How to consolidate for a solid IT resilience plan
Any organisation that wants to combine security and recovery should consider these three basic steps to prevent intrusions and be ready to respond quickly if a breach occurs.
1. Plan and maintain a consistent update schedule
It is essential to update and upgrade frequently. Issuing updates once a month will no longer suffice. Addressing the threat landscape as categories instead of individual threats can help focus a schedule on what updates are done on what systems and when these happen. This requires constant vigilance across the organisation.
With ransomware, a prevent strategy is now simply a failure to prepare, as it straddles the fence of security and disaster recovery. Having “DVR-like” capabilities to “rewind” to the seconds before the encryption occurred and address the specific flaw is a key enabler to a recovery plan.
2. Coordinate testing and supervision to reduce recovery times
Modern disaster recovery plan testing can no longer be an annual or even quarterly drill. Frequent and continuous testing must be conducted to guarantee that the disaster recovery plan enables organisations to recover quickly and resume business as usual.
As security and disaster recovery plans converge into a single IT resilience strategy, they should be governed by a single team and staffed by individuals with specific expertise. As both plans are combined into one with a goal of ensuring uninterrupted IT, it is only logical to merge the teams supervising them.
The combined team should create and manage a consolidated security and disaster recovery plan to produce a recovery time objective (RTO) of just a few minutes.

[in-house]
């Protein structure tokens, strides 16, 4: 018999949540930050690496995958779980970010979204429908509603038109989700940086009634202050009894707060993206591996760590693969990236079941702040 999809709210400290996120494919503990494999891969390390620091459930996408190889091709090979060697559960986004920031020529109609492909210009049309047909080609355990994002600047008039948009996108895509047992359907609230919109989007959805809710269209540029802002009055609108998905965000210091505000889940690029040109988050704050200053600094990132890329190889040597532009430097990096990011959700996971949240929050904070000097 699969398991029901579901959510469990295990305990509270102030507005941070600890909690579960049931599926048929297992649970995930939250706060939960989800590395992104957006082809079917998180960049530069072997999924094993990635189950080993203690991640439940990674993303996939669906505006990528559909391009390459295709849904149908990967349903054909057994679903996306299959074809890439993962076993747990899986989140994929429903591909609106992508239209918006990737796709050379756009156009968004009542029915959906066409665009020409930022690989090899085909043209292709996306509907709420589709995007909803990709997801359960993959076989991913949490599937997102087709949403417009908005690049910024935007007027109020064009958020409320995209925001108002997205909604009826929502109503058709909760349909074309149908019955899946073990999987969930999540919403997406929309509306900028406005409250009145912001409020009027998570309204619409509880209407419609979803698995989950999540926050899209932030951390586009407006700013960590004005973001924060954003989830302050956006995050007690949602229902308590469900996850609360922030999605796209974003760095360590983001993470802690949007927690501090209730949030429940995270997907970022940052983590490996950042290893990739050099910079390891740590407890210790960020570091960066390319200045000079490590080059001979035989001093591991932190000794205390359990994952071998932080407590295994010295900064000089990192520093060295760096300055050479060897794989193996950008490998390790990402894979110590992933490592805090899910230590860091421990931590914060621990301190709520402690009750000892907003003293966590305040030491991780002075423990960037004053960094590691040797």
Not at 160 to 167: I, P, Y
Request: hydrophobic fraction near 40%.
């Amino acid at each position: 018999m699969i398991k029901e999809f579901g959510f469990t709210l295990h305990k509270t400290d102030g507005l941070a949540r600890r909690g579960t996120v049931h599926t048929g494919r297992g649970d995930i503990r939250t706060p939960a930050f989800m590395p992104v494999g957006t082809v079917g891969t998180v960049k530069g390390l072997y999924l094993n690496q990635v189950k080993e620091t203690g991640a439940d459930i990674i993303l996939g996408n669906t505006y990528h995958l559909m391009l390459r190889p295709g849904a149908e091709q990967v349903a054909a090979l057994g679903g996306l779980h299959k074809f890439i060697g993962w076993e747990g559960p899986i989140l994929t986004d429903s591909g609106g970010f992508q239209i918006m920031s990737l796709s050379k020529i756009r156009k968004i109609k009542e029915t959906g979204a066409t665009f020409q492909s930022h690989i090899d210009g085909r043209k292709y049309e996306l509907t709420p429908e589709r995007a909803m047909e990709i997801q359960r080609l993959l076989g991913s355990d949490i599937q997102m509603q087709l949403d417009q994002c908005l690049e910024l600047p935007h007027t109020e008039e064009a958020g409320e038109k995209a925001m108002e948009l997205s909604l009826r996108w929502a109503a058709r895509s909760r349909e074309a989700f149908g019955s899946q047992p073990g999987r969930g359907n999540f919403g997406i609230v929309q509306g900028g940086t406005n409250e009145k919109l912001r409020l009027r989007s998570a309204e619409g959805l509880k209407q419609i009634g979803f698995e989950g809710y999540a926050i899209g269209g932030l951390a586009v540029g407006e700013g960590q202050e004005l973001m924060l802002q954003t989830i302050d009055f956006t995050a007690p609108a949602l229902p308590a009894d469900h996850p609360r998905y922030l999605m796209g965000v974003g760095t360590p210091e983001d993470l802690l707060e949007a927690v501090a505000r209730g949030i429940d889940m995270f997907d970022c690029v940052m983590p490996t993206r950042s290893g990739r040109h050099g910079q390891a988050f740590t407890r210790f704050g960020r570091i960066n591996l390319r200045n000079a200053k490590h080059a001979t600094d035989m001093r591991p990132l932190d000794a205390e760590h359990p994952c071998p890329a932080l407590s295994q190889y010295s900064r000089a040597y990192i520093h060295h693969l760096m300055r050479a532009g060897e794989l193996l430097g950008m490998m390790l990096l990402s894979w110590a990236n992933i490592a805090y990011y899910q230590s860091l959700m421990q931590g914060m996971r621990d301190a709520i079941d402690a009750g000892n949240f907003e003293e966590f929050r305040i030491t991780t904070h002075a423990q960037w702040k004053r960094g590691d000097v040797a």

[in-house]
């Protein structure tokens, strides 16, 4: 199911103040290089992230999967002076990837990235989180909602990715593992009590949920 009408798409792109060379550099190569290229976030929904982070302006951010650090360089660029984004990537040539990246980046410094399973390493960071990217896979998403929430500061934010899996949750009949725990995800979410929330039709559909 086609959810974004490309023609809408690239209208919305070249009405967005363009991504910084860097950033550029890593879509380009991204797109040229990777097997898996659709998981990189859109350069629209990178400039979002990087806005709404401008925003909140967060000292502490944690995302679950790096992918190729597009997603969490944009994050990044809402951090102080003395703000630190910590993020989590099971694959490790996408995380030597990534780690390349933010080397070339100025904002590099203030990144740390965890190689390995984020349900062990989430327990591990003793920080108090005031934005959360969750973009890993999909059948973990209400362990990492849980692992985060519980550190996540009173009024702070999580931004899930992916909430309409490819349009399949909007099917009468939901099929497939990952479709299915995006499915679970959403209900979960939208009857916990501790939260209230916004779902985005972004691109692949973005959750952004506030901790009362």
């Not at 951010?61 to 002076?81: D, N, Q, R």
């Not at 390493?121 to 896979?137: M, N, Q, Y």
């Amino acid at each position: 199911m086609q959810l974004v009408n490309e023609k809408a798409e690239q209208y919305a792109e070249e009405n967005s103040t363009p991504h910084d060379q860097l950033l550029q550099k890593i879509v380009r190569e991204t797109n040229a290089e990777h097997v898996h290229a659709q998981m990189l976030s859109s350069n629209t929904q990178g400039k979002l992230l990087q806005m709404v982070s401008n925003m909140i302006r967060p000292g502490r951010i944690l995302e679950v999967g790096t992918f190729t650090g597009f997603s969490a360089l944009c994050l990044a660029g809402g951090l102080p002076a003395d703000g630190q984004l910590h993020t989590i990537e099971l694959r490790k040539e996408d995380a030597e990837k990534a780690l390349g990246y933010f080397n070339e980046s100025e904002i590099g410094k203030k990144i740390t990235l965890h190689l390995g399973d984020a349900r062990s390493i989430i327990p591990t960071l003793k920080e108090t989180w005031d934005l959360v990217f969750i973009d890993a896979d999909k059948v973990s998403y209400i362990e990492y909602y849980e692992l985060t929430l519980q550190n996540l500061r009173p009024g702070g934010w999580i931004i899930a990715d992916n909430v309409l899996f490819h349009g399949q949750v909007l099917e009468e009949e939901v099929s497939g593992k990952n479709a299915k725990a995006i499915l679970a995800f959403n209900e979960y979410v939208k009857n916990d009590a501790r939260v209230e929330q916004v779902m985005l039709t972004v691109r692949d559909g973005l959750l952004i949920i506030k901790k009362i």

3. Create an alignment to include a three-prong approach
Security and disaster recovery strategies should align with a trusted three-prong approach to IT resiliency – protect, detect and respond. This method covers all the bases to neutralise cyber-attacks and other business disruptions quickly after the infrastructure has been infiltrated.
Many companies realise that they are not in the "IT Business" and are increasingly adopting cloud-based strategies to implement this approach. Others are leveraging expertise through managed service providers to combine IT security and disaster recovery paradigm as a service.
Amalgamation is everything
Reliance on data and applications is only set to increase as organisations continue to strive for an advantage in tightly competitive markets. As the number of high profile cyber-security attacks over the last year have shown, organisations leave themselves exposed if integration between disaster recovery and security isn't implemented. CIOs and CEOs need to make the most of their investments by utilising heterogeneous technology that allows for the amalgamation of IT strategy for cohesive and coordinated planning, testing and – most importantly of all – business continuity.
Contributed by Avi Raichel, CIO at Zerto
*Note: The views expressed in this blog are those of the author and do not necessarily reflect the views of SC Media UK or Haymarket Media.